How Bart Stupak mirrors Neville Chamberlain
By: Robert E. Meyer
It was once claimed that the road to Hell is paved with good intentions. In his time, Neville Chamberlain was probably the poster child for such a sentiment. In the aftermath of the passage of health insurance reform, we can hastily place Democratic Representative Bart Stupak in the same category.
In retrospect, I view Chamberlain as a well meaning, but hopelessly naive statesman, who projected his own aspirations for peace toward Adolph Hitler, taking a power hungry madman at his word. Chamberlain was obviously a highly intelligent diplomat, but was unable to see that other national leaders were uninspired and unwilling to share in his humanistic, utopian vision for a worldwide consensus of non-aggression. Chamberlain was so blinded by this Pollyanna sentimentality, that he was duped into thinking a piece of paper had some transcendental significance. â€œPeace in our timesâ€–a failed declaration of mid-twentieth century enlightenment hubris.
Likewise, Bart Stupak became a darling of sorts to those who hoped his principled pro-life stance would derail Obamaâ€™s objective of signing the last page of any ream of printed paper with the heading â€œHealthcare Reform, â€ thumped down on his Oval Office desk. Stupak went in the blink of an eye, from 60 to 0, from hero to goat, when he accepted a meaningless executive order from Obama as an appeasement in exchange for votes from him and his bloc in favour of the unpopular health insurance reform bill. Stupak was quickly demonized as one who either should have known, or was aware that the executive order from Obama was worth less than the paper it was printed on in terms of legal enforcement. So, it was claimed that Stupak made a Faustian bargain in exchange for no gold and basically nothing at all.
There is much speculation as to why Stupak would essentially roll over and play dead. We are told that behind the scenes, tremendous pressure was applied to Stupak and his coalition, but this is always the case when an important legislative bill nears passage. There is far more to the story than this simple explanation.
Stupak, as a Roman Catholic, holds fast to the belief in the sanctity of life, opposing the expenditures of federal money to support abortion procedures, consistent with the Hyde Amendment. However, Stupak favoured many of the provisions of the healthcare bill as it was currently written. Much discussion has taken place over the issue as to why whenever a left-leaning politician holds both religious sentiments and liberals ideals, it seems that the liberal ideals always rule the day.
This is not really so difficult to understand. While religious sentiments are important for many people, they tend to occupy an entirely different magisterial realm than political precepts that form public policy. They become a bastion of individual sentiments, but not an object of unswervingly moral conviction. Therefore, when push comes to shove, it is easy to get someone appearing principled, to set aside their religious proclamations in favour of political mandates, as long as the religious sentiments are minimally pacified. Obama accomplished this for Stupak in the form of an executive order. Such was the protocol of symbolism or ceremony, but otherwise of little significance. It was a classic prioritizing between the precepts of the ethereal world and the pragmatism of a â€œprogressiveâ€ agenda . Notice that pro-abortion groups by and large didnâ€™t seem threatened by this gesture, understanding it to be the heartless pantomime of politics as usual. It was a charade completed with a wink and a nod.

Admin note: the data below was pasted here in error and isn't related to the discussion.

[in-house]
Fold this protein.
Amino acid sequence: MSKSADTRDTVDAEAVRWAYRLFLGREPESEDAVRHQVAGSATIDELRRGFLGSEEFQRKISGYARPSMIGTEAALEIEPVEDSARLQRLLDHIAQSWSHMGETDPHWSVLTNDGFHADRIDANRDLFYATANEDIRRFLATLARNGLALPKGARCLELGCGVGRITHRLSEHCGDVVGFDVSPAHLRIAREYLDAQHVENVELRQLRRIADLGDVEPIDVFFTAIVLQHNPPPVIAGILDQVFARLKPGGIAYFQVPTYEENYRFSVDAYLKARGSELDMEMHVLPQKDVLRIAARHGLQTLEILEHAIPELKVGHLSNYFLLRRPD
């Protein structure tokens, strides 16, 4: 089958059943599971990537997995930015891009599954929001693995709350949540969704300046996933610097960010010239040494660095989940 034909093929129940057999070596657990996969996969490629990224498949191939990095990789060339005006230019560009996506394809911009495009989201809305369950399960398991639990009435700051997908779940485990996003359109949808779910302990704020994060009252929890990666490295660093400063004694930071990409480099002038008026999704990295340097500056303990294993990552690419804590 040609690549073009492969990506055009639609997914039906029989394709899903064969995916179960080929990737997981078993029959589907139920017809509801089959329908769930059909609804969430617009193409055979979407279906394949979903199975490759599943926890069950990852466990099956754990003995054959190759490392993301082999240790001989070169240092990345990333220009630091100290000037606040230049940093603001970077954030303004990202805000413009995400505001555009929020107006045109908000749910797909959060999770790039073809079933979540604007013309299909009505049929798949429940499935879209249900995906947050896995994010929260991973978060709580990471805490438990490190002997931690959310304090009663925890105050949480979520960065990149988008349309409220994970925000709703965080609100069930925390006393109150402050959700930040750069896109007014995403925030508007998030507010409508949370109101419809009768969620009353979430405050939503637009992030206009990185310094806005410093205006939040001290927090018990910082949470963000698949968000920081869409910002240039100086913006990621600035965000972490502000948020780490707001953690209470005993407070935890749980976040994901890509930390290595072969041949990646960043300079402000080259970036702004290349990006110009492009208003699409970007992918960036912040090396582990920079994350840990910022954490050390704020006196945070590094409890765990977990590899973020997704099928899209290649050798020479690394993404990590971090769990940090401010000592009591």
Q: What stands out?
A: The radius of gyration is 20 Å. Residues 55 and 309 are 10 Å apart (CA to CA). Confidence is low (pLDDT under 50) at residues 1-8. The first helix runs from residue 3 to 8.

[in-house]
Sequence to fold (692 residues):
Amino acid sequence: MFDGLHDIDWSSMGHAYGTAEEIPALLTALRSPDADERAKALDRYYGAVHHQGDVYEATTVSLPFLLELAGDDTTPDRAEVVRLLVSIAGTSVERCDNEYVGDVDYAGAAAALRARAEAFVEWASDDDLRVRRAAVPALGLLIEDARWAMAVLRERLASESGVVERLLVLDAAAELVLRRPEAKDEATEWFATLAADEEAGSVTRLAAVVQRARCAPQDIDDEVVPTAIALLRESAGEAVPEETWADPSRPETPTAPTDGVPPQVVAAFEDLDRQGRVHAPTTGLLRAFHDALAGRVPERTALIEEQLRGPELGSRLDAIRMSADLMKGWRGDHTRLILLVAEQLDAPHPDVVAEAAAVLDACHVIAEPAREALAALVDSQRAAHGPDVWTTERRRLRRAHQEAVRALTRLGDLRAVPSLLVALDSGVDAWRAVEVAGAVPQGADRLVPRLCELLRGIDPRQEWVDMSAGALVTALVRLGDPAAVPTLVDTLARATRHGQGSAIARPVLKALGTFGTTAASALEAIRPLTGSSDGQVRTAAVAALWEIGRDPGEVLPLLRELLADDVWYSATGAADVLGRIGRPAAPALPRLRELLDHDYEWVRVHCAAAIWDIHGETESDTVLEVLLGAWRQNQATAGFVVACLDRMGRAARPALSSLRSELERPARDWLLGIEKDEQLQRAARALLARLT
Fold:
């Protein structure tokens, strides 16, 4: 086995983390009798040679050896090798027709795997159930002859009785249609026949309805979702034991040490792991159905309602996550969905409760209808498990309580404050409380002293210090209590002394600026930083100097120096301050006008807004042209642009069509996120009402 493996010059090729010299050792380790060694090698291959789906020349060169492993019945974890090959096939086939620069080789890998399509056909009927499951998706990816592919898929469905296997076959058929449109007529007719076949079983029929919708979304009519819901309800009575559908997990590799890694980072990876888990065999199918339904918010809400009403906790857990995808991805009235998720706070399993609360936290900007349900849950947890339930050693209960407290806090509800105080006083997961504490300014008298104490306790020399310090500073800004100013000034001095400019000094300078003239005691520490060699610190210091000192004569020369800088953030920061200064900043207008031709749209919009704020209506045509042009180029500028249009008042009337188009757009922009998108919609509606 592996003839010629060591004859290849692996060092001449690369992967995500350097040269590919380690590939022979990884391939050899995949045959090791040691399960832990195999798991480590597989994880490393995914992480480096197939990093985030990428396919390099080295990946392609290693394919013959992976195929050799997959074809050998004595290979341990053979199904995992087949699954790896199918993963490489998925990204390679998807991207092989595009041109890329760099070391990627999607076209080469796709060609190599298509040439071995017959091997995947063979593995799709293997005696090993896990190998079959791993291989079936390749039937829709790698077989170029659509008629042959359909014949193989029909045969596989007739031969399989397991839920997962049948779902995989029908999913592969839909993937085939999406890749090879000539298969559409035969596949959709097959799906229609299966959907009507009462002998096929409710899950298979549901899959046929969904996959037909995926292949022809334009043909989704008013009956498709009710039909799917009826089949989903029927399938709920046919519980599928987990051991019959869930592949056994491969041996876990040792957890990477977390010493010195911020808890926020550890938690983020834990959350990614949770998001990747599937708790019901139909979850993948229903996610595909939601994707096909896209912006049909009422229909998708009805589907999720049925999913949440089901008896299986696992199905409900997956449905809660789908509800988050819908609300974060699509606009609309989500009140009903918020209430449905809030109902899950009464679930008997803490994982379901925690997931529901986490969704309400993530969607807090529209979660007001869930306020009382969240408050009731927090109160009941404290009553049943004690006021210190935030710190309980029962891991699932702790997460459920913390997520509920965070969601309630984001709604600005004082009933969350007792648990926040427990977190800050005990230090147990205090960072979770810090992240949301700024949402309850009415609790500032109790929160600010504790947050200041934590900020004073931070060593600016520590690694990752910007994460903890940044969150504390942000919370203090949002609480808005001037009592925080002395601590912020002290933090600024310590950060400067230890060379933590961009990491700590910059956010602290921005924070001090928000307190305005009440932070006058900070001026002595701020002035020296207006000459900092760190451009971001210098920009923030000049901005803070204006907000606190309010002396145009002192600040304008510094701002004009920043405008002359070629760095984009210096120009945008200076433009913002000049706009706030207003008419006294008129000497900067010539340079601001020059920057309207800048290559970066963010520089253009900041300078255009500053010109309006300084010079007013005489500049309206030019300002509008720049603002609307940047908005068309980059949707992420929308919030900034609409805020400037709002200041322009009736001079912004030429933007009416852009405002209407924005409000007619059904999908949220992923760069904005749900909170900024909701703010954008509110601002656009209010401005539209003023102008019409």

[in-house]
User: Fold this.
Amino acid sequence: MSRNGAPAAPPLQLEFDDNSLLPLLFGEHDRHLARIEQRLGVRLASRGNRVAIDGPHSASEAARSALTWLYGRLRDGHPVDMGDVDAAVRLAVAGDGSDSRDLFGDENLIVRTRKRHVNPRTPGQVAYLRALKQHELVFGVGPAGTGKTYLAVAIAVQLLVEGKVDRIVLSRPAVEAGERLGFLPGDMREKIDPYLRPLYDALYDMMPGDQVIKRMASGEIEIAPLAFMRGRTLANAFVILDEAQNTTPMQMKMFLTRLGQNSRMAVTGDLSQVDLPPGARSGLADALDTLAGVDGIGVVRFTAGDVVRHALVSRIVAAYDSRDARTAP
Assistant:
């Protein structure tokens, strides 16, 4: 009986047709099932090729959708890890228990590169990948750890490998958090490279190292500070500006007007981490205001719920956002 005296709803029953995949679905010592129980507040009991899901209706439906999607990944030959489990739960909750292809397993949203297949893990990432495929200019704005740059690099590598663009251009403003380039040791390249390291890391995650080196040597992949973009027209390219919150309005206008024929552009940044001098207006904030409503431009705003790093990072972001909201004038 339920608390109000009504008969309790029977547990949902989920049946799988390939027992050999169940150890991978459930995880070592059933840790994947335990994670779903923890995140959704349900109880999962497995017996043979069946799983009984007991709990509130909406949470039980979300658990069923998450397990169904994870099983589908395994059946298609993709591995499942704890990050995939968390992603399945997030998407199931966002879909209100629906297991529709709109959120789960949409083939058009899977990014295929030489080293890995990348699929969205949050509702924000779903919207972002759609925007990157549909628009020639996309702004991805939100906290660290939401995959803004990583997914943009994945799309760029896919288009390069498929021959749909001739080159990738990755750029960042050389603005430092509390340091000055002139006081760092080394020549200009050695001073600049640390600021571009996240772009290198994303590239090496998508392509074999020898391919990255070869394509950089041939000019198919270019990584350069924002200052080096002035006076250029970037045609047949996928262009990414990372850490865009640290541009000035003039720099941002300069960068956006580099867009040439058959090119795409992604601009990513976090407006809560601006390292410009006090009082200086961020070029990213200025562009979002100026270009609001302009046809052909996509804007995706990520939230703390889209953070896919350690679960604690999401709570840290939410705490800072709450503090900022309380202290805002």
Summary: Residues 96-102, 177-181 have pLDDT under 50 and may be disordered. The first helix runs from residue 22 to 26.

We may wonder why Stupak seemed to change his mind so directly and easily after he gave the appearance of being an immovable thorn in the side? But competing objectives are easily reconciled and rationalized into insignificance. Democrats commonly argue that ultimately, passage of the health insurance reform bill is superlatively pro life, because implementation of the bill will save lives that would have been otherwise lost due to lack of expensive health care. This is merely a red herring that has no bearing on the abortion question at all. Of course, the concealed insinuation is that pro-life advocates have a love affair with human beings at early stages of their development, but become uninterested in human welfare once birth has occurred.
These types of arguments are rhetorical and tenuous at best, relying on unconfirmed and unproven assumptions. It is similar to saying that our economy is losing jobs, but were it not for certain policies, the employment situation would be all the worse. How can we test or verify such assertions? Imagine revealing to a perpetually losing gambler who regularly forfeits a kingâ€™s ransom at the blackjack tables, that a new gaming scheme would cause him to lose less, thus saving him substantial money in the long run. What a big favor.
I donâ€™t know if Stupak got a written document from Obama, as Chamberlain did from Hitler, but if he did, it might have been used for better things.
I suppose the point is now moot; before I sent this piece in for publication, Bart Stupak announced his resignation. I wonder why?